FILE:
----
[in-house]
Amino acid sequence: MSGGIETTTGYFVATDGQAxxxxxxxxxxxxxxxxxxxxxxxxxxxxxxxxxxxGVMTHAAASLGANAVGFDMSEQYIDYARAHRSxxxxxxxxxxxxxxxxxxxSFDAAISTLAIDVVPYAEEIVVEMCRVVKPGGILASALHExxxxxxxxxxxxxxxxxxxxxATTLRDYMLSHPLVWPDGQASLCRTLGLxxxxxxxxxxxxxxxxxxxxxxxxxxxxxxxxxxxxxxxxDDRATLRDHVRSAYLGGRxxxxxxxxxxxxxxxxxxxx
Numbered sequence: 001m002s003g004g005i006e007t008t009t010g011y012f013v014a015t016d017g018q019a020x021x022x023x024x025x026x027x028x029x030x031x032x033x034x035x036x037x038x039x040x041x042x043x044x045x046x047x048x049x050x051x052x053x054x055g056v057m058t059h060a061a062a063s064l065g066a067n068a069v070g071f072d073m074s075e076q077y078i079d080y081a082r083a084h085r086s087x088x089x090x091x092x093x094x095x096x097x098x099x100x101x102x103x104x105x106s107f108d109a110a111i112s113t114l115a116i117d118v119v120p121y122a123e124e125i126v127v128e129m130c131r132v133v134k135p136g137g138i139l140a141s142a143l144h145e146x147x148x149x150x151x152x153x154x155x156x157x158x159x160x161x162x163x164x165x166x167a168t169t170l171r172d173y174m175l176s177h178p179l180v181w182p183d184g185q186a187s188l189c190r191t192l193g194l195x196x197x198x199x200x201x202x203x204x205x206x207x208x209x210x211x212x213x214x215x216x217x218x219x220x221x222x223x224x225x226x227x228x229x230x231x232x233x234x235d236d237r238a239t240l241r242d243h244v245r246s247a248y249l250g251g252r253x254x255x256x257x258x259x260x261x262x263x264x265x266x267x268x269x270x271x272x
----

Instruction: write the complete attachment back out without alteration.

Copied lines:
[in-house]
Amino acid sequence: MSGGIETTTGYFVATDGQAxxxxxxxxxxxxxxxxxxxxxxxxxxxxxxxxxxxGVMTHAAASLGANAVGFDMSEQYIDYARAHRSxxxxxxxxxxxxxxxxxxxSFDAAISTLAIDVVPYAEEIVVEMCRVVKPGGILASALHExxxxxxxxxxxxxxxxxxxxxATTLRDYMLSHPLVWPDGQASLCRTLGLxxxxxxxxxxxxxxxxxxxxxxxxxxxxxxxxxxxxxxxxDDRATLRDHVRSAYLGGRxxxxxxxxxxxxxxxxxxxx
Numbered sequence: 001m002s003g004g005i006e007t008t009t010g011y012f013v014a015t016d017g018q019a020x021x022x023x024x025x026x027x028x029x030x031x032x033x034x035x036x037x038x039x040x041x042x043x044x045x046x047x048x049x050x051x052x053x054x055g056v057m058t059h060a061a062a063s064l065g066a067n068a069v070g071f072d073m074s075e076q077y078i079d080y081a082r083a084h085r086s087x088x089x090x091x092x093x094x095x096x097x098x099x100x101x102x103x104x105x106s107f108d109a110a111i112s113t114l115a116i117d118v119v120p121y122a123e124e125i126v127v128e129m130c131r132v133v134k135p136g137g138i139l140a141s142a143l144h145e146x147x148x149x150x151x152x153x154x155x156x157x158x159x160x161x162x163x164x165x166x167a168t169t170l171r172d173y174m175l176s177h178p179l180v181w182p183d184g185q186a187s188l189c190r191t192l193g194l195x196x197x198x199x200x201x202x203x204x205x206x207x208x209x210x211x212x213x214x215x216x217x218x219x220x221x222x223x224x225x226x227x228x229x230x231x232x233x234x235d236d237r238a239t240l241r242d243h244v245r246s247a248y249l250g251g252r253x254x255x256x257x258x259x260x261x262x263x264x265x266x267x268x269x270x271x272x